Coming down to the Portland Street end of Piccadilly Gardens, we can see in this picture the place where the proposed building would stand.
Do you really think that the people of Manchester are overwhelmingly in favour of a building on the spot currently occupied by the trees? I have tried very crudely to superimpose a structure on the proposed spot. You haven't specified the design, so this is the best I can do. But whatever the design, it's clear that the area is better left a green open space.
240 years ago, Sir Oswald Mosley donated the land which is now Piccadilly for the building of a new infirmary on condition that it would always be kept for public use (Guide Across Manchester by Philip Atkins, page 22). The Infirmary was demolished in the 1900's, and various plans for buildings were dropped in favour of simply leaving the site a green, open space.
It is outrageous that Manchester City Council should now decide, behind closed doors, to sell off this green space in the heart of the city for construction. Leave my Piccadilly Gardens alone!
As we walk by the statue of Wellington and Queen Victoria, we are again struck by the air of terminal neglect, and the tackiness of the surroundings. As I've stated previously, this didn't just happen of its own accord - it has happened because Manchester City Council has neglected to repair and maintain the area properly. But the fact that you have neglected the area is not a sufficient reason to bulldoze it and put something inappropriate in its place.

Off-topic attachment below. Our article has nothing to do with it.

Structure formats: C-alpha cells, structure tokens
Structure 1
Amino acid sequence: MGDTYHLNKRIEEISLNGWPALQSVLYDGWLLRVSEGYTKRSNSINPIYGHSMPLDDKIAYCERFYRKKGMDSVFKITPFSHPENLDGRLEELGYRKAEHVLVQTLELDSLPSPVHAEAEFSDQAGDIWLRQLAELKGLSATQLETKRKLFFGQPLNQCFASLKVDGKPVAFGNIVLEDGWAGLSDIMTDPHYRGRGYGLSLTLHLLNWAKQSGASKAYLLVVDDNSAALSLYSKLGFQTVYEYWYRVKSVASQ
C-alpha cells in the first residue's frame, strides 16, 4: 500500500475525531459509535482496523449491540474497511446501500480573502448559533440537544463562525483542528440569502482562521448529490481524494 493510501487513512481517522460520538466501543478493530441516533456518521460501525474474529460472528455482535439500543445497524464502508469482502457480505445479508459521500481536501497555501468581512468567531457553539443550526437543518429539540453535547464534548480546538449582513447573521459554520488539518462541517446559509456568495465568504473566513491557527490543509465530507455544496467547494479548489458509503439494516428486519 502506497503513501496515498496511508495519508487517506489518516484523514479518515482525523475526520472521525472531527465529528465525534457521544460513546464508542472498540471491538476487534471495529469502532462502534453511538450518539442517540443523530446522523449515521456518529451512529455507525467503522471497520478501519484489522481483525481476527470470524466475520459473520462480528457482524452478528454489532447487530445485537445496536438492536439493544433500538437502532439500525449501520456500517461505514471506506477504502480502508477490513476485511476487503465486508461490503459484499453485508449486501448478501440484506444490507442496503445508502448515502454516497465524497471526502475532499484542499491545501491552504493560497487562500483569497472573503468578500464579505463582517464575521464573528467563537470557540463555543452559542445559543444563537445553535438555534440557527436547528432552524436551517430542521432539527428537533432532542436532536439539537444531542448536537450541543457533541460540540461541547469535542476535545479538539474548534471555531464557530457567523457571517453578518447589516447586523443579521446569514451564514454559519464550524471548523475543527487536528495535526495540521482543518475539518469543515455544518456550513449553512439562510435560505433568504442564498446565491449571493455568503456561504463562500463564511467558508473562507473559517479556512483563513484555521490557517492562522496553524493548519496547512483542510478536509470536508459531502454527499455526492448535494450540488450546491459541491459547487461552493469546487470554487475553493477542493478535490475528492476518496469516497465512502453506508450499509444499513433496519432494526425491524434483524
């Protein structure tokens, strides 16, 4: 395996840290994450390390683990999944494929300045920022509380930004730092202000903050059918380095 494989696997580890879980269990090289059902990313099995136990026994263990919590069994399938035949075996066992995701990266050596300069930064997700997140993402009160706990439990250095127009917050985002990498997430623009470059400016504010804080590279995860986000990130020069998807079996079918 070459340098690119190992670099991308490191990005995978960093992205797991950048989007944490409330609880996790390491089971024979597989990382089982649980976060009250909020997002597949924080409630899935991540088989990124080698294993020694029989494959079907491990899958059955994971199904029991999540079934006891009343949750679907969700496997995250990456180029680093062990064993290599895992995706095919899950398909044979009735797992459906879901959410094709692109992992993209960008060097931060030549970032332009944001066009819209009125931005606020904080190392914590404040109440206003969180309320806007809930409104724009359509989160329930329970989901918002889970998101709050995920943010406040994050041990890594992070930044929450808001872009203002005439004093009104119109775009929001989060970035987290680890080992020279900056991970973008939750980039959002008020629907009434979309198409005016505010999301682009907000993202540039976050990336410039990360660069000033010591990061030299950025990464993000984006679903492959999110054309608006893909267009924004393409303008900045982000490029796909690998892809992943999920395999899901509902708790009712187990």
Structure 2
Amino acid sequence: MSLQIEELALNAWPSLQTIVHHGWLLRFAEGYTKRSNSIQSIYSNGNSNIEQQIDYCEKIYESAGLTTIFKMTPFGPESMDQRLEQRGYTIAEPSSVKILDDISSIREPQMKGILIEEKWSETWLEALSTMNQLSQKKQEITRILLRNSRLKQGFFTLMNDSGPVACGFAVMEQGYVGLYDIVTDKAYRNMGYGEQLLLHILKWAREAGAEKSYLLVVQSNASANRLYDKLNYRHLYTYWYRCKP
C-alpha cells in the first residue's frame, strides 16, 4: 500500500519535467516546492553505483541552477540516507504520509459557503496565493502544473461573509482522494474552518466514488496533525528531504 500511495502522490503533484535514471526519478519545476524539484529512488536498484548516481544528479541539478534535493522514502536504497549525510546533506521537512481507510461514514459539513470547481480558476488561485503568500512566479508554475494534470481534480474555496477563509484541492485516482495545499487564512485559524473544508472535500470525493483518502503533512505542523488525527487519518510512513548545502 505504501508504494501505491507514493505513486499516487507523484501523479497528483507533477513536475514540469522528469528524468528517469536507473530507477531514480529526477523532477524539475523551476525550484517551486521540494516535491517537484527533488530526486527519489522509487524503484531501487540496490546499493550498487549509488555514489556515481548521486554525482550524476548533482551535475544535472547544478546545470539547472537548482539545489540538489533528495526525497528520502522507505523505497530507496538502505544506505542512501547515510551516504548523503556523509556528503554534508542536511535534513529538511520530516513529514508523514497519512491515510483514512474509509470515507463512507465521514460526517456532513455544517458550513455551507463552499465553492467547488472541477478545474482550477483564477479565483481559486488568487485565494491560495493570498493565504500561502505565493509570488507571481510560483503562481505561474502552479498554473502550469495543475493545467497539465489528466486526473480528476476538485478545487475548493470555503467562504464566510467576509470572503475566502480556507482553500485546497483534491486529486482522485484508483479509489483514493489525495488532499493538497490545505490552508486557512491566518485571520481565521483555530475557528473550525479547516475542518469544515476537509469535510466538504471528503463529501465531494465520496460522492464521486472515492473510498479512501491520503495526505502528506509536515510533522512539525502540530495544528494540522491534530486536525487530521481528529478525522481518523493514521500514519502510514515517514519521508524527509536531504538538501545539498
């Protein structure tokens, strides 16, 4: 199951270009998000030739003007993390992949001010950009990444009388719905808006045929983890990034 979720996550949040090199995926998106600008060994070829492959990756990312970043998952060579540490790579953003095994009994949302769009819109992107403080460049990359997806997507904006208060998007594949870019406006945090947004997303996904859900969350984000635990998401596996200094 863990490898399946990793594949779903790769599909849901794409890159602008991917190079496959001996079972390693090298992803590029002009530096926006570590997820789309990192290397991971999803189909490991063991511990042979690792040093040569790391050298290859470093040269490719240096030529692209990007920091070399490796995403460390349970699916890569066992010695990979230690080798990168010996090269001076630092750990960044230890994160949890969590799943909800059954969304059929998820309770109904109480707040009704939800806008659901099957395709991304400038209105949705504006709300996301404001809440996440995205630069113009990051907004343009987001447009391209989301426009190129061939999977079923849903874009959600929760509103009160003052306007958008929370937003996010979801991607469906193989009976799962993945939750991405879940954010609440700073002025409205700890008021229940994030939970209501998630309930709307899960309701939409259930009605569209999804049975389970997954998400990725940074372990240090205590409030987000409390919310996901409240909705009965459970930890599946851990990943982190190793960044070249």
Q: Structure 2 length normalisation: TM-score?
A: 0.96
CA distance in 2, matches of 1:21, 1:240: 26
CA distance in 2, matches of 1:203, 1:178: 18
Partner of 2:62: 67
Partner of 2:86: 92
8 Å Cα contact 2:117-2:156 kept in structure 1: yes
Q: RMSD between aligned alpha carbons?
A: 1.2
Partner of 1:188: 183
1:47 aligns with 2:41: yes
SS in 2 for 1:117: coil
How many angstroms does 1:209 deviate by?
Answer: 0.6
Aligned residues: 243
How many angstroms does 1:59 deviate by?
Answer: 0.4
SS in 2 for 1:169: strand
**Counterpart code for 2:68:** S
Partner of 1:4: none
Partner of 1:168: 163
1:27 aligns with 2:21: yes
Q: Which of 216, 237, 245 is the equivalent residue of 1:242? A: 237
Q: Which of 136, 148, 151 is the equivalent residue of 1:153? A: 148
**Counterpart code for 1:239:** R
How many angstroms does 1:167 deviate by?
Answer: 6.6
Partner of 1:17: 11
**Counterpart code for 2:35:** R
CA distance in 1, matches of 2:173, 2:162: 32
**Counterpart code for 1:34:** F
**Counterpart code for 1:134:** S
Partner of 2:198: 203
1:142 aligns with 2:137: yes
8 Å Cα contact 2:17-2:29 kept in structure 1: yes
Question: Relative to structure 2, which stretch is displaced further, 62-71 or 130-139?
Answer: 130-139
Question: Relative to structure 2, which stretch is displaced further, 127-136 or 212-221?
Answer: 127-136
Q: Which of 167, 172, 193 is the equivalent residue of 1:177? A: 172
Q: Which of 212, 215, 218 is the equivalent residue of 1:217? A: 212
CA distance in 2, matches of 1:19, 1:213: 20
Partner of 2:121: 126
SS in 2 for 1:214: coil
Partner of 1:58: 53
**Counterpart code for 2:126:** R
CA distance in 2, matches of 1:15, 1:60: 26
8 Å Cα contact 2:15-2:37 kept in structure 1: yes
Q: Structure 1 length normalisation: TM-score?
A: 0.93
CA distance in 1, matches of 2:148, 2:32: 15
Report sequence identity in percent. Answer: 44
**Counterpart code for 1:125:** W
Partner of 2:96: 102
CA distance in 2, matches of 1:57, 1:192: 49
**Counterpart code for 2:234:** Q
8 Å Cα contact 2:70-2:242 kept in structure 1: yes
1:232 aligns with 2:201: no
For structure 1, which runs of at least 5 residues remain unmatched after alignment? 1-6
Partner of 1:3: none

I note that horticultural gardens are planned for either side of the statue of Queen Victoria. Again, my reaction is that these would be suitable for an out-of-town location, but not here in the heart of the city. Walk-through fountains, "bosque", concrete pavilion, horticultural gardens - it seems the designers have gone overboard with gimmicky ideas.
A balanced, uncontroversial and less costly redevelopment scheme, which doesn't require sacrificing part of Piccadilly Gardens for construction, would be a far better solution and, I think, more in keeping with the wishes of the people of Manchester, and of the many visitors who come to our city.
Arriving back at our starting point, we've seen much to give cause for concern, but Piccadilly has the potential to be restored to what it was until recently - and better - a spacious, pleasant and traditional style garden in the heart of the city.
Manchester City Council, you have done some very good work in the redevelopment of the city centre in recent years. You appear to have learned your lesson from projects such as the Market St obelisk, the fountains in Brazennose Square and St Ann's Square, the Arndale Centre exterior, the demolition of York House, the Hulme Crescents, Piccadilly Plaza, and many other post-war examples of bad city planning.
However, this case may cap the lot of them if it ever goes ahead. You must concede that if your plans don't have the approval of local people and other interested parties - and I believe they don't - then you must abandon them and start again.